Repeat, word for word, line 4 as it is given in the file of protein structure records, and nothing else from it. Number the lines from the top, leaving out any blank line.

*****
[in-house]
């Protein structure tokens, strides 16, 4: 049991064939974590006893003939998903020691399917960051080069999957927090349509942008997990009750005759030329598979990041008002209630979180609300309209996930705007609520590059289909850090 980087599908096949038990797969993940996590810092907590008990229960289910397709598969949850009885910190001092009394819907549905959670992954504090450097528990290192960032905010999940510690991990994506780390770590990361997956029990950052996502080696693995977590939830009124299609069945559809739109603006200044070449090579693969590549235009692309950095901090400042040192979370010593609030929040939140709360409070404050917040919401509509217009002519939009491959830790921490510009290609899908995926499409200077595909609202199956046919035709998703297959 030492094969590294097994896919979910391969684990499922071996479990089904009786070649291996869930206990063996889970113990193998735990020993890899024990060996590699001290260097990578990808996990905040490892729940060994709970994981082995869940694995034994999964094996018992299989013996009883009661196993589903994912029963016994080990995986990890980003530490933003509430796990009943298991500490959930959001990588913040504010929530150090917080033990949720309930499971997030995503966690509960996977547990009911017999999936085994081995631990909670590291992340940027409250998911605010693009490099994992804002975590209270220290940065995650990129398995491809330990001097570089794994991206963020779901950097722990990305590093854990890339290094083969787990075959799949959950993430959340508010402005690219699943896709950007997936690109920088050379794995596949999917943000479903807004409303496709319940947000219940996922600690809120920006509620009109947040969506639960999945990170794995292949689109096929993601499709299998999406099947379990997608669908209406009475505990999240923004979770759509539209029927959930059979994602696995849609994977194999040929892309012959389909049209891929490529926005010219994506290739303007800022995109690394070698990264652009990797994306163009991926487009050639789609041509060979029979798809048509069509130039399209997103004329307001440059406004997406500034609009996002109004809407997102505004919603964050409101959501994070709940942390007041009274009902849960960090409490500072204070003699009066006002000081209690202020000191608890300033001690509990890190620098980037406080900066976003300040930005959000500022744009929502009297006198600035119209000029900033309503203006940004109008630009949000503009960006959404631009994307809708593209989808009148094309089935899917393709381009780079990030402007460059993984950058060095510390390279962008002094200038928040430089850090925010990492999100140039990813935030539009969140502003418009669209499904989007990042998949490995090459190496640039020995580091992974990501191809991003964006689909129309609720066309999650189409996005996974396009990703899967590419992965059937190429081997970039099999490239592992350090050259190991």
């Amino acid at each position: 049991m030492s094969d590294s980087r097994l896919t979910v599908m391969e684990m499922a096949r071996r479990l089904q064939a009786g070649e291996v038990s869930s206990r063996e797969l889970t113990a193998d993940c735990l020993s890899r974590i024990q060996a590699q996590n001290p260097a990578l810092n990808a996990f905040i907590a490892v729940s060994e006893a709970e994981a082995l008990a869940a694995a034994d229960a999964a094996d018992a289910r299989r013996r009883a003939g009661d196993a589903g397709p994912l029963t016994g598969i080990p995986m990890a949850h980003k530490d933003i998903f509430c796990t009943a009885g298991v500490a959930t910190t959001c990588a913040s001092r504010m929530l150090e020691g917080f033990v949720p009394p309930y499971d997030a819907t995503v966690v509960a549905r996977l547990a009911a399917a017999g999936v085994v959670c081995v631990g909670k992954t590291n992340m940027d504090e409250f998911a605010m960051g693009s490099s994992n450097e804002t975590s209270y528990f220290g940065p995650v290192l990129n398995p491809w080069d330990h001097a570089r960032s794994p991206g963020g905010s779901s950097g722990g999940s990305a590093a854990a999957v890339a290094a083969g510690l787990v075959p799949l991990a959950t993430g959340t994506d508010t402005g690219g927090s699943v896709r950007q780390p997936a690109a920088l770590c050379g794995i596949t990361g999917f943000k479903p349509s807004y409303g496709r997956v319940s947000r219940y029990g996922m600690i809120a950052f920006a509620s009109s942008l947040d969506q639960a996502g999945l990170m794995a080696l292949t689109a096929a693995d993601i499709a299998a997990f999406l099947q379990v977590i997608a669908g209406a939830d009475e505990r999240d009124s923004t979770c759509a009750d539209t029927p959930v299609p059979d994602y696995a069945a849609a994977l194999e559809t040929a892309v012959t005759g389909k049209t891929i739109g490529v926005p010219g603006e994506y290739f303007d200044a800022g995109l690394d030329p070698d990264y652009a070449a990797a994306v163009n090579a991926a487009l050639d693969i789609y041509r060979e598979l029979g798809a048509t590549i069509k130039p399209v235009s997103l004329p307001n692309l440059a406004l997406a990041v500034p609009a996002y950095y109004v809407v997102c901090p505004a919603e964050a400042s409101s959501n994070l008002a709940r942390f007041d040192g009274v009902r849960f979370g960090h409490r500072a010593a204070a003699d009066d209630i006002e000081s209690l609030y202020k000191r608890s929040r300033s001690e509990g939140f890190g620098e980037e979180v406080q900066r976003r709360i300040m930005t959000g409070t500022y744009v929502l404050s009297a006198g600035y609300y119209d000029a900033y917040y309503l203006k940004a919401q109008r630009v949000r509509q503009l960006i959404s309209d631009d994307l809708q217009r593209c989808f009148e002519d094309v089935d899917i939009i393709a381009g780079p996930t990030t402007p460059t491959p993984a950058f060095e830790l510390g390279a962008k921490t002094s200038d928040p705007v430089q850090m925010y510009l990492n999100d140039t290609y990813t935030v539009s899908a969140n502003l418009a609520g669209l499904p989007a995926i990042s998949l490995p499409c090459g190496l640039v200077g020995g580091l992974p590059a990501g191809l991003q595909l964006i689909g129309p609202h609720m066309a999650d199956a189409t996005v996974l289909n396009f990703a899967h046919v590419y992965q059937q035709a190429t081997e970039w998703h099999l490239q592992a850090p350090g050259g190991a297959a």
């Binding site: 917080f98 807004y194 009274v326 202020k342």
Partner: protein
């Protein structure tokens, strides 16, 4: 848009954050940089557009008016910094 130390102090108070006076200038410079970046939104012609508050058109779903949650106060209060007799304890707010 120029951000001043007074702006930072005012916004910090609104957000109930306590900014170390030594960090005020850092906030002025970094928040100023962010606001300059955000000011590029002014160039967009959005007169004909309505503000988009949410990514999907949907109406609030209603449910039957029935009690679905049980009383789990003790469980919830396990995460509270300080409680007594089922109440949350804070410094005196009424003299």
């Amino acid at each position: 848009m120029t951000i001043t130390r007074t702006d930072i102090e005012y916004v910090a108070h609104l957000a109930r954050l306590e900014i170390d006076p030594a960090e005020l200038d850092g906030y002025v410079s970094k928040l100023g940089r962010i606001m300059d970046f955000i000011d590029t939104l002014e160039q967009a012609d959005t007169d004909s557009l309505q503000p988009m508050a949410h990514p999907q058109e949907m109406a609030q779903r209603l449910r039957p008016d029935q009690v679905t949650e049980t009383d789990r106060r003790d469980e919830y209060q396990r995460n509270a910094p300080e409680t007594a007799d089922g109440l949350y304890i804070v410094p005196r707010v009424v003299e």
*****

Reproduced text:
């Binding site: 917080f98 807004y194 009274v326 202020k342």